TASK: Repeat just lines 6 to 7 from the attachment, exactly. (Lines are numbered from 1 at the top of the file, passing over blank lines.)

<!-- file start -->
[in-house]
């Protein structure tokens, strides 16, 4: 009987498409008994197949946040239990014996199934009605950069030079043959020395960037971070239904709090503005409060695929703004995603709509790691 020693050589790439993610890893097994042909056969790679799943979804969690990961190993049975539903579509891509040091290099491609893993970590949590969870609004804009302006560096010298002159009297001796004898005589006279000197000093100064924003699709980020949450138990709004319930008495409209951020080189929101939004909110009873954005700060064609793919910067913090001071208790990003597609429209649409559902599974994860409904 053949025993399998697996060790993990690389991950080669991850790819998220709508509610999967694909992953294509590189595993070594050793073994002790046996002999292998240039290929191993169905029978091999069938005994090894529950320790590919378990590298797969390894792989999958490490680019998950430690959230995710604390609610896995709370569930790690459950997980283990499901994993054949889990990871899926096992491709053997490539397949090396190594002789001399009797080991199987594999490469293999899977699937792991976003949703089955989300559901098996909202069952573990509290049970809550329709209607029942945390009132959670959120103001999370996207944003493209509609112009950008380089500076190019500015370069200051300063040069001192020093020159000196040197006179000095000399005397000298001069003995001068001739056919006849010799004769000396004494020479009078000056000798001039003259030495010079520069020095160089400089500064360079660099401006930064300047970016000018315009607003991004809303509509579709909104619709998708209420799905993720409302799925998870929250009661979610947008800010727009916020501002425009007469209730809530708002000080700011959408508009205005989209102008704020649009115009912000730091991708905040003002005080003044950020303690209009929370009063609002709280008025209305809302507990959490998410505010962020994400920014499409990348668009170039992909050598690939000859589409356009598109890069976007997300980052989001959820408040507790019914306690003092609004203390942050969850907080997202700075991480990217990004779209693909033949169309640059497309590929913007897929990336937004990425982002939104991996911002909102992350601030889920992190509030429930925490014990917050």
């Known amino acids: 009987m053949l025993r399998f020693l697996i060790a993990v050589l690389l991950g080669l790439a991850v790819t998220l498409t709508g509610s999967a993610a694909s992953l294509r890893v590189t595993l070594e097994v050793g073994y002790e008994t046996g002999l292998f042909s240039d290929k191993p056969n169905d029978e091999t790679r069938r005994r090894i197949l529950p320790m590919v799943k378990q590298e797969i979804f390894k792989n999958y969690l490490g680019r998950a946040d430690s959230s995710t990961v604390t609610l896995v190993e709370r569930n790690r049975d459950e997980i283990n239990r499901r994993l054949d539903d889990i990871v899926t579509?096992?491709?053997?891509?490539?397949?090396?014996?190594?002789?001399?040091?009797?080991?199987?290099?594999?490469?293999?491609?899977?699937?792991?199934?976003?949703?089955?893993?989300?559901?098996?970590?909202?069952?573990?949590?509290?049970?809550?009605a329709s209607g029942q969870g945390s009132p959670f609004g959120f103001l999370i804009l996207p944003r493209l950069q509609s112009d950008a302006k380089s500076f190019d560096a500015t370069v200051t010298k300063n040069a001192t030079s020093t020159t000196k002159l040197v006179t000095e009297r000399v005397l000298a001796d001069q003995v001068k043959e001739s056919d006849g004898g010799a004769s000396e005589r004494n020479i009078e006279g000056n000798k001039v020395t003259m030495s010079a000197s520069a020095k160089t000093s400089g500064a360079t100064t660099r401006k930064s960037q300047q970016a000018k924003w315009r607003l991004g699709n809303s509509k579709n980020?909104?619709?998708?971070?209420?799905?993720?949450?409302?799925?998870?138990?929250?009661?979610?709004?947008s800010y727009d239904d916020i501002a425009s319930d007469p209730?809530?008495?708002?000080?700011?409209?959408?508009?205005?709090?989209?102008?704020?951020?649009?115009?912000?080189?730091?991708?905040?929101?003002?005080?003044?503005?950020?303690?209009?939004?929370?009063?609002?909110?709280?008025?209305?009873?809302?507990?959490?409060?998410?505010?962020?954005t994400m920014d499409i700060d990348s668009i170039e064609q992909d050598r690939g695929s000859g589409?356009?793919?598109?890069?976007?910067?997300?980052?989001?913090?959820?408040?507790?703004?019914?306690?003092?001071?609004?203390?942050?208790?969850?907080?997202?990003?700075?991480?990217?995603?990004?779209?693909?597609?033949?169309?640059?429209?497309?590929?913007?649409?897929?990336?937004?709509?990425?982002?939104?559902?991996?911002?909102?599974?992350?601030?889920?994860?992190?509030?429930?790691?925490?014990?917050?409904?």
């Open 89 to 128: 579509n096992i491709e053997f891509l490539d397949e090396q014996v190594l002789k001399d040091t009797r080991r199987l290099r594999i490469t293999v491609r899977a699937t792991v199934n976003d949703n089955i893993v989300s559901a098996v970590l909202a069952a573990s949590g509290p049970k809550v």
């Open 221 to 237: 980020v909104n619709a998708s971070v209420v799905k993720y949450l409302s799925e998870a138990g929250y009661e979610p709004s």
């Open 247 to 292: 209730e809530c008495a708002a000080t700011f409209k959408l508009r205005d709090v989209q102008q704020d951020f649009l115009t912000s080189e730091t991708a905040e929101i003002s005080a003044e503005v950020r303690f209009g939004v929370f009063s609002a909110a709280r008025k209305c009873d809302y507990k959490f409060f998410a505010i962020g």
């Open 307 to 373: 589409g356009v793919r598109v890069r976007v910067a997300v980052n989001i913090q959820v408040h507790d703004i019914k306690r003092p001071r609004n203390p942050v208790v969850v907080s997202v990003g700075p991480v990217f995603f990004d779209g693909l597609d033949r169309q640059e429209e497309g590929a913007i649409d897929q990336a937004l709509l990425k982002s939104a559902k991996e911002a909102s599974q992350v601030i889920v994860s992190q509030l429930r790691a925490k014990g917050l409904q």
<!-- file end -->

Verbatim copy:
């Open 247 to 292: 209730e809530c008495a708002a000080t700011f409209k959408l508009r205005d709090v989209q102008q704020d951020f649009l115009t912000s080189e730091t991708a905040e929101i003002s005080a003044e503005v950020r303690f209009g939004v929370f009063s609002a909110a709280r008025k209305c009873d809302y507990k959490f409060f998410a505010i962020g």
């Open 307 to 373: 589409g356009v793919r598109v890069r976007v910067a997300v980052n989001i913090q959820v408040h507790d703004i019914k306690r003092p001071r609004n203390p942050v208790v969850v907080s997202v990003g700075p991480v990217f995603f990004d779209g693909l597609d033949r169309q640059e429209e497309g590929a913007i649409d897929q990336a937004l709509l990425k982002s939104a559902k991996e911002a909102s599974q992350v601030i889920v994860s992190q509030l429930r790691a925490k014990g917050l409904q």